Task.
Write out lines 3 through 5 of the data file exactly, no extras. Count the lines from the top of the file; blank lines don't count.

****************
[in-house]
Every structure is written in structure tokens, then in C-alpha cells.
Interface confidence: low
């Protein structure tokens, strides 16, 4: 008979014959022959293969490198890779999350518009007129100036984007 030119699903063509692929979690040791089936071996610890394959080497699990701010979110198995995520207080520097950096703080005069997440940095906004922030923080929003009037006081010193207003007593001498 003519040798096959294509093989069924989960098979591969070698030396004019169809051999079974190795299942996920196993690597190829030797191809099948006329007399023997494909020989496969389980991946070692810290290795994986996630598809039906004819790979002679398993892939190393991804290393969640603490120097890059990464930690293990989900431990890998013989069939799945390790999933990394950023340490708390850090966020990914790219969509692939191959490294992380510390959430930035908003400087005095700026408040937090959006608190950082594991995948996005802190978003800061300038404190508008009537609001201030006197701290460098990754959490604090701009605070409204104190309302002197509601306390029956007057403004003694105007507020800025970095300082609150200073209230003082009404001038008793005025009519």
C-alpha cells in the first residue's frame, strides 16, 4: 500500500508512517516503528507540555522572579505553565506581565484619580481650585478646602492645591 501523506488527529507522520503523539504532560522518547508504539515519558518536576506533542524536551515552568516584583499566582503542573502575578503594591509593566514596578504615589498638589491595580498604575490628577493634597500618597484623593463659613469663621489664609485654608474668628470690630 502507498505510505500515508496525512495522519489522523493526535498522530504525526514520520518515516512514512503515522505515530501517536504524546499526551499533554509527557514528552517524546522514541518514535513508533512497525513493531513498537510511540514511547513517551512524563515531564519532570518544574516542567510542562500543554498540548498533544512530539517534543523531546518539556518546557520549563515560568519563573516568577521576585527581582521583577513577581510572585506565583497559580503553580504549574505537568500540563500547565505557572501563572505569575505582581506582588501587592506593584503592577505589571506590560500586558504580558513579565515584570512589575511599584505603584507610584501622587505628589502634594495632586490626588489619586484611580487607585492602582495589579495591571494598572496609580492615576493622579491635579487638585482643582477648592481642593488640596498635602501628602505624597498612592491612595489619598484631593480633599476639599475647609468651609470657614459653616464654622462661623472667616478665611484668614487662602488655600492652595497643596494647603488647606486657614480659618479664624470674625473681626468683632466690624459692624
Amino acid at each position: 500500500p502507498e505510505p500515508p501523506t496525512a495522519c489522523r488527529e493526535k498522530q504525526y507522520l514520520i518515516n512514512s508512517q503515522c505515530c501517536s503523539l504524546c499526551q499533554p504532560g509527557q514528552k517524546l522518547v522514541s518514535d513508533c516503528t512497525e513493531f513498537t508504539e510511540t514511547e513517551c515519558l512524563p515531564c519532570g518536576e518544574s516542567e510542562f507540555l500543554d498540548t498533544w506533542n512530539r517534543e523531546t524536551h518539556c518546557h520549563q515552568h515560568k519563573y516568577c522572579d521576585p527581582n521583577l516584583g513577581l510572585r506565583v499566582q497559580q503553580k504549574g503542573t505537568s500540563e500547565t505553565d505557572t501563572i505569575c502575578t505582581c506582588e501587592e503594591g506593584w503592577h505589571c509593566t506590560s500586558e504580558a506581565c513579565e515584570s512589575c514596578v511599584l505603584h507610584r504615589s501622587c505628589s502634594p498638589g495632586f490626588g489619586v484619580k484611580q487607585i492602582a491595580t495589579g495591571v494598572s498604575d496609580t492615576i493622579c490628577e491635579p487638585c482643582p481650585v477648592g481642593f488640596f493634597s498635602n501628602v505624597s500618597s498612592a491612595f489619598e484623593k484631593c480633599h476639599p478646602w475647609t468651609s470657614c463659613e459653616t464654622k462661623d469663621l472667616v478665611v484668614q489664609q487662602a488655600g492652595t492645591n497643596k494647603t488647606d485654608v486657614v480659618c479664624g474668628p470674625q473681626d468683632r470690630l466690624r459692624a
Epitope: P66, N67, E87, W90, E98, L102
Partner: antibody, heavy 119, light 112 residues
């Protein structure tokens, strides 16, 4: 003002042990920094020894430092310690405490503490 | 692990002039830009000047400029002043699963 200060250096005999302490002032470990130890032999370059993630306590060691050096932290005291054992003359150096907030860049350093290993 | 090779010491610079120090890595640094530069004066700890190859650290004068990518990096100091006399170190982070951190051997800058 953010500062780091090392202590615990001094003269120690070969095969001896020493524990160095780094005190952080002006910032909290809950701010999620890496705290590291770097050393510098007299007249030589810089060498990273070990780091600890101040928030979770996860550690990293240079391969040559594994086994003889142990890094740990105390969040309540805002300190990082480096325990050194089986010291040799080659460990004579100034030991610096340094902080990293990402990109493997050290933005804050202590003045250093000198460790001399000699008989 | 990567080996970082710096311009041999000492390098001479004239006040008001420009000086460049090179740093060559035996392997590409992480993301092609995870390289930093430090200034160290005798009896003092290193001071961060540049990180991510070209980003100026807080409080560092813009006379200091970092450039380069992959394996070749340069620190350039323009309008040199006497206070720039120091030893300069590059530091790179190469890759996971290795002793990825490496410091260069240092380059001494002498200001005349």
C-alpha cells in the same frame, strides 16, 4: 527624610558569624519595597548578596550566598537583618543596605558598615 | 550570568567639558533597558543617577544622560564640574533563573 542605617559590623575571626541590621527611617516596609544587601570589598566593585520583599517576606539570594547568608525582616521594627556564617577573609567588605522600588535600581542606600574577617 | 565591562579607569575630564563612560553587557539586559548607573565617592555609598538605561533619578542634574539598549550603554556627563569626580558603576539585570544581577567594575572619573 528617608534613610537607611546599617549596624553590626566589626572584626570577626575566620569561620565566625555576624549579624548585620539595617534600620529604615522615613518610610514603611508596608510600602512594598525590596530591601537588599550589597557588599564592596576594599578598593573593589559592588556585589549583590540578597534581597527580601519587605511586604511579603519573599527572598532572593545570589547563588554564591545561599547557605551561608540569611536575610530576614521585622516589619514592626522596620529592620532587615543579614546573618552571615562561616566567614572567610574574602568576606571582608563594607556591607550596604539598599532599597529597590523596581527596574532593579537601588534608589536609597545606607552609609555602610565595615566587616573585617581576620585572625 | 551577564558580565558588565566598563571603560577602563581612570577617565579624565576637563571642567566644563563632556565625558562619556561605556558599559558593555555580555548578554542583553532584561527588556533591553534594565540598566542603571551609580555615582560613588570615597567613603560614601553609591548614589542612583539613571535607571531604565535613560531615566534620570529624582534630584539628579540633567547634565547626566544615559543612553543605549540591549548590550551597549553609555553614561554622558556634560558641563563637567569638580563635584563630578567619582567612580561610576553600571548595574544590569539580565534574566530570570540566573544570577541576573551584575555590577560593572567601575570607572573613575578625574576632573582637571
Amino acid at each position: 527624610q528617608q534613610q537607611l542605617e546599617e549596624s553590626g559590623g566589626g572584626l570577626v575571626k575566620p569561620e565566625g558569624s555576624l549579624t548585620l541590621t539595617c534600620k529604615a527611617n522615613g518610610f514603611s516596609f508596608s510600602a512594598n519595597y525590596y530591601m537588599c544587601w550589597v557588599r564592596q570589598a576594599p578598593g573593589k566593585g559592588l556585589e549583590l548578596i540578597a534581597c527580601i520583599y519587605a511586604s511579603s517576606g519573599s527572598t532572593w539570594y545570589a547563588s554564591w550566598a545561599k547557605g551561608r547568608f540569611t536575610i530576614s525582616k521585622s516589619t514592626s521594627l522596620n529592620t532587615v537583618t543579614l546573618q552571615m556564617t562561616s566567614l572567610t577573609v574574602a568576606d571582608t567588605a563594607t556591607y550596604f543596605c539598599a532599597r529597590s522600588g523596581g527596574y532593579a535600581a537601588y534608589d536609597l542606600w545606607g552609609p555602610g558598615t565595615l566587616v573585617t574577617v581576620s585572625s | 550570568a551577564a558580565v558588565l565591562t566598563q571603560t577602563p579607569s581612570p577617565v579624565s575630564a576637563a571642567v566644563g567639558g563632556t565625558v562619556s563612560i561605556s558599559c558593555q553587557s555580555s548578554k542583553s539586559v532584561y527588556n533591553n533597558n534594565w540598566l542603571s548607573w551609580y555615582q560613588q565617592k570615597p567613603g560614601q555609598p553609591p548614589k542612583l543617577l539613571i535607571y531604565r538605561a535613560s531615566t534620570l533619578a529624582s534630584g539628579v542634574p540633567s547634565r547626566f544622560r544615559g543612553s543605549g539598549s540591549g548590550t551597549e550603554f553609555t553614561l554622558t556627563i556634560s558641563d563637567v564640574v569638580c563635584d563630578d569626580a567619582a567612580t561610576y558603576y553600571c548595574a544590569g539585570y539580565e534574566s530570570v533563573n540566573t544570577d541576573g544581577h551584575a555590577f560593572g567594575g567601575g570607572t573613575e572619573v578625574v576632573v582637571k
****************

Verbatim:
Interface confidence: low
């Protein structure tokens, strides 16, 4: 008979014959022959293969490198890779999350518009007129100036984007 030119699903063509692929979690040791089936071996610890394959080497699990701010979110198995995520207080520097950096703080005069997440940095906004922030923080929003009037006081010193207003007593001498 003519040798096959294509093989069924989960098979591969070698030396004019169809051999079974190795299942996920196993690597190829030797191809099948006329007399023997494909020989496969389980991946070692810290290795994986996630598809039906004819790979002679398993892939190393991804290393969640603490120097890059990464930690293990989900431990890998013989069939799945390790999933990394950023340490708390850090966020990914790219969509692939191959490294992380510390959430930035908003400087005095700026408040937090959006608190950082594991995948996005802190978003800061300038404190508008009537609001201030006197701290460098990754959490604090701009605070409204104190309302002197509601306390029956007057403004003694105007507020800025970095300082609150200073209230003082009404001038008793005025009519």
C-alpha cells in the first residue's frame, strides 16, 4: 500500500508512517516503528507540555522572579505553565506581565484619580481650585478646602492645591 501523506488527529507522520503523539504532560522518547508504539515519558518536576506533542524536551515552568516584583499566582503542573502575578503594591509593566514596578504615589498638589491595580498604575490628577493634597500618597484623593463659613469663621489664609485654608474668628470690630 502507498505510505500515508496525512495522519489522523493526535498522530504525526514520520518515516512514512503515522505515530501517536504524546499526551499533554509527557514528552517524546522514541518514535513508533512497525513493531513498537510511540514511547513517551512524563515531564519532570518544574516542567510542562500543554498540548498533544512530539517534543523531546518539556518546557520549563515560568519563573516568577521576585527581582521583577513577581510572585506565583497559580503553580504549574505537568500540563500547565505557572501563572505569575505582581506582588501587592506593584503592577505589571506590560500586558504580558513579565515584570512589575511599584505603584507610584501622587505628589502634594495632586490626588489619586484611580487607585492602582495589579495591571494598572496609580492615576493622579491635579487638585482643582477648592481642593488640596498635602501628602505624597498612592491612595489619598484631593480633599476639599475647609468651609470657614459653616464654622462661623472667616478665611484668614487662602488655600492652595497643596494647603488647606486657614480659618479664624470674625473681626468683632466690624459692624